Metro Detroit forecast: The See-saw continues

DETROIT – Many of us woke up Thursday with temperatures in the 70s.

Then a cold front came through and temps have been falling all day. Yes, as we told you, it'll be colder when you come home from work Thursday than it was when you left in the morning.

Before getting to the forecast, just a quick mention about Wednesday night's weather. Once again, we dodged a major bullet. This was the story line most of the summer and autumn hasn't changed things: the cold front approached late at night when atmospheric instability was weakest.

What had us concerned about Wednesday night was the wind field aloft.

There was tremendous wind shear (change in the wind direction and speed as you headed from the surface up through around 20,000 feet). Had any of the storms that developed Wednesday to our north and west survived the trip into southeast Michigan Wednesday night, then severe thunderstorms and even a few tornadoes were possible. But due to the lack of instability, the storms simply fell apart, and we lucked out again. No complaints from the Local4Casters.


Skies will remain mostly clear for the first part of Thursday night, then clouds will increase again later at night. Lows in the low to mid-40s (5 to 7 degrees Celsius), with a north-northeast wind at 3 to 7 mph. You'll notice the change in air masses when you leave for work Friday morning!


We'll start Friday (TGIF!) with a few breaks of sun, but clouds will continue increasing and a few light showers are then possible. Expect cooler highs in the low to mid 60s (17 degrees Celsius). Northeast to east wind at 8 to 12 mph.

Friday evening should bring just a continuation of the day's scattered light showers -- hopefully we'll keep some dry weather for our Friday evening high school games. Temperatures will initially fall into the upper 50s (14 to 15 degrees Celsius) overnight, then rise into the mid 60s (18 degrees Celsius) toward dawn -- except for the Thumb -- as a warm front crosses the area.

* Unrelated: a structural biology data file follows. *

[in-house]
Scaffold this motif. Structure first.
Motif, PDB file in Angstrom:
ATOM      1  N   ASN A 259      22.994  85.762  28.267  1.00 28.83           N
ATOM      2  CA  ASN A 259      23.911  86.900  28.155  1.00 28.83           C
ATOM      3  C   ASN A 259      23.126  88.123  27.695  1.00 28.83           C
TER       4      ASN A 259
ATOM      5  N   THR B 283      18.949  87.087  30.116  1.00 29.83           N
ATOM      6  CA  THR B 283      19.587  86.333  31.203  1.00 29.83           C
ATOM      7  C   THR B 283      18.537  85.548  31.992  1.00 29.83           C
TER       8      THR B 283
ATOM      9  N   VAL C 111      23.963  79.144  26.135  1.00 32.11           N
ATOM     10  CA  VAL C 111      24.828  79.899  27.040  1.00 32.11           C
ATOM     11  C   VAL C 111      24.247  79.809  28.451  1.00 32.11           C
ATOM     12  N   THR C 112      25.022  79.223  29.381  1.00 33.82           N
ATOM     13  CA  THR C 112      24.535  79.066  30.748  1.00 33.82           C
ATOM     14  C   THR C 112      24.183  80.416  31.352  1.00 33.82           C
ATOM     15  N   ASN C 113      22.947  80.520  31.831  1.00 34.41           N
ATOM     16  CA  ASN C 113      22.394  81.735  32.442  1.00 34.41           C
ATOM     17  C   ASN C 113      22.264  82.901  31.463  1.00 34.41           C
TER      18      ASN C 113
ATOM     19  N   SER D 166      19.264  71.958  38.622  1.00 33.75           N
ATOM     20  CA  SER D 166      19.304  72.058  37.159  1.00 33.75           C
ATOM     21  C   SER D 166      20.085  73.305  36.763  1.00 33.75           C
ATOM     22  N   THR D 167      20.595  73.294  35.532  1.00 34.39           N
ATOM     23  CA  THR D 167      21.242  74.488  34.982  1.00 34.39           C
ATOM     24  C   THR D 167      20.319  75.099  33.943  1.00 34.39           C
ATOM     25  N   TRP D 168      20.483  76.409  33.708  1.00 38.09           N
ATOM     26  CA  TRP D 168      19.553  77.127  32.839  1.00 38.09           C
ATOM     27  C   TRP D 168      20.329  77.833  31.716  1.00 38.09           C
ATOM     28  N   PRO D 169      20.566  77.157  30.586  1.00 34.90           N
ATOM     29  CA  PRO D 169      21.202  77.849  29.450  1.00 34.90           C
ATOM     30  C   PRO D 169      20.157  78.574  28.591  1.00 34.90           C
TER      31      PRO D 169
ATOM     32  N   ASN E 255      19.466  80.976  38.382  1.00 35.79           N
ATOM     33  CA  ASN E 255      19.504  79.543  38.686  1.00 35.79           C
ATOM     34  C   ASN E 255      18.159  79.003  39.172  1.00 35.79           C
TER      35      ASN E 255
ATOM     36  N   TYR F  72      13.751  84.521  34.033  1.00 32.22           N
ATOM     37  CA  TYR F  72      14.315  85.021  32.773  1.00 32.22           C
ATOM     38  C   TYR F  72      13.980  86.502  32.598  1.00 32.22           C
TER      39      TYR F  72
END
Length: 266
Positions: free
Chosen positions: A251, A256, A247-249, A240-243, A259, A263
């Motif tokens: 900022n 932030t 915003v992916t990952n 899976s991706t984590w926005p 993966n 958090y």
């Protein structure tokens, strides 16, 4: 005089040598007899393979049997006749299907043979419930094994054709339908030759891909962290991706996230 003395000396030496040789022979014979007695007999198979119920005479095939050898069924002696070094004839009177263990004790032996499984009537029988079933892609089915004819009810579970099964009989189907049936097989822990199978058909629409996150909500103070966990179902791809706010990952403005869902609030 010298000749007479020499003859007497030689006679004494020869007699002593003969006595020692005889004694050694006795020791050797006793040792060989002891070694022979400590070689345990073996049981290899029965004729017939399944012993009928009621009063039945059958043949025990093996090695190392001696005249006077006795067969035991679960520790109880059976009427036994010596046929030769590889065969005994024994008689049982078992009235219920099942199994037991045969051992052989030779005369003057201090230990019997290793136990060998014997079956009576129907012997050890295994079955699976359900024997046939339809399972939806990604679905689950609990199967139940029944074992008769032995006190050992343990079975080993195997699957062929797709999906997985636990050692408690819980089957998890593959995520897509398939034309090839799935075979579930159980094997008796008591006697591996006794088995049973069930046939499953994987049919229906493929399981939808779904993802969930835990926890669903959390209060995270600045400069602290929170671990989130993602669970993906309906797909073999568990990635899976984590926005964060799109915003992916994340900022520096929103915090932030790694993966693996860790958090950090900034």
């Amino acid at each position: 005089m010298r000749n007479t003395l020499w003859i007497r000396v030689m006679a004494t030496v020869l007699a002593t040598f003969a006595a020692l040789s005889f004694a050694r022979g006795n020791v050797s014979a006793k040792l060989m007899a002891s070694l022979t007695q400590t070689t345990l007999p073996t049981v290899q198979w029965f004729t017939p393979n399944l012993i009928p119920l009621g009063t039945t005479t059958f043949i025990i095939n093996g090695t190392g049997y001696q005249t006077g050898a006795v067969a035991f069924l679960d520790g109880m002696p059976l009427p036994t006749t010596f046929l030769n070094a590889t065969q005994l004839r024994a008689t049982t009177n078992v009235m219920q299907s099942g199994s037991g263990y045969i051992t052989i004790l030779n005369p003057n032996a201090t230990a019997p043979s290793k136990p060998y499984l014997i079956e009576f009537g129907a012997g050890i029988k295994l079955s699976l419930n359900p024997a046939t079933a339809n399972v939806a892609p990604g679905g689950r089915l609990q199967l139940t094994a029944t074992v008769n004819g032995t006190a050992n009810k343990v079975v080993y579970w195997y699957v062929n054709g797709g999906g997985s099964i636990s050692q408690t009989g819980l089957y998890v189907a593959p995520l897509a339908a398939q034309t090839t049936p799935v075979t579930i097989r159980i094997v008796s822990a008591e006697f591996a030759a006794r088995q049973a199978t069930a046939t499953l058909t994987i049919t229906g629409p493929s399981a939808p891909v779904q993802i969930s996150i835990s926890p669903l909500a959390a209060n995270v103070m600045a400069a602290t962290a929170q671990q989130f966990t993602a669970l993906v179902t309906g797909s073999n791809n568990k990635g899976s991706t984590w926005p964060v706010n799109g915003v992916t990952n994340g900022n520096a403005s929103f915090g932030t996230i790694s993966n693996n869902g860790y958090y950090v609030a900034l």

Of greater concern is a more organized batch of thunderstorms that could potentially cross the area near that warm front late Friday night into early Saturday morning. You know what we always say: Never trust a warm front. We're concerned that some severe storms could arise either late Friday night or on Saturday, and we'll monitor this carefully and update you Friday.


After those early morning storms move out, skies may become partly cloudy on our Saturday, before scattered showers and even a thunderstorm are possible during the day. It's impossible to pinpoint exactly where they will be, but be prepared for rain if you're going to either Michigan's or Michigan State's homecoming games in Ann Arbor and East Lansing. Highs, however, should get close to 80 degrees (27 degrees Celsius), and it'll be muggy. That means it'll be pretty uncomfortable under those raincoats and ponchos if it rains.

Showers and thunderstorms are likely Saturday night as the next cold front approaches, with lows in the mid 60s (18 degrees Celsius).


Showers are likely on Sunday as that cold front stalls, with highs in the low 70s (22 degrees Celsius).
On Monday, the cold front stretches out horizontally across the southern part of the state, then is shoved back to the north as a warm front. So some of us could start the day with a shower or thunderstorm, followed by some breaks of sun and highs in the low 80s (27 degrees Celsius).
Tuesday and Wednesday both look partly cloudy, with just a small thunderstorm chance. It'll feel like summer, with highs in the low 80s (28 degrees Celsius).

SEJ 2018

The Society of Environmental Journalists convened its annual national conference Wednesday in Flint, and I had the privilege of participating as one of the instructors in a seminar teaching environmental journalists best practice techniques and strategies covering climate change. It was a wonderful experience, and I met a lot of great people. The conference continues into this weekend -- welcome to all of the conference attendees!

More information can be found here.

About the Author:

Local 4 meteorologist Paul Gross was born in Detroit and has spent his entire life and career right here in southeast Michigan. Paul has researched, written and produced eight half-hour documentaries for WDIV, as well as many science, historical and environmental stories.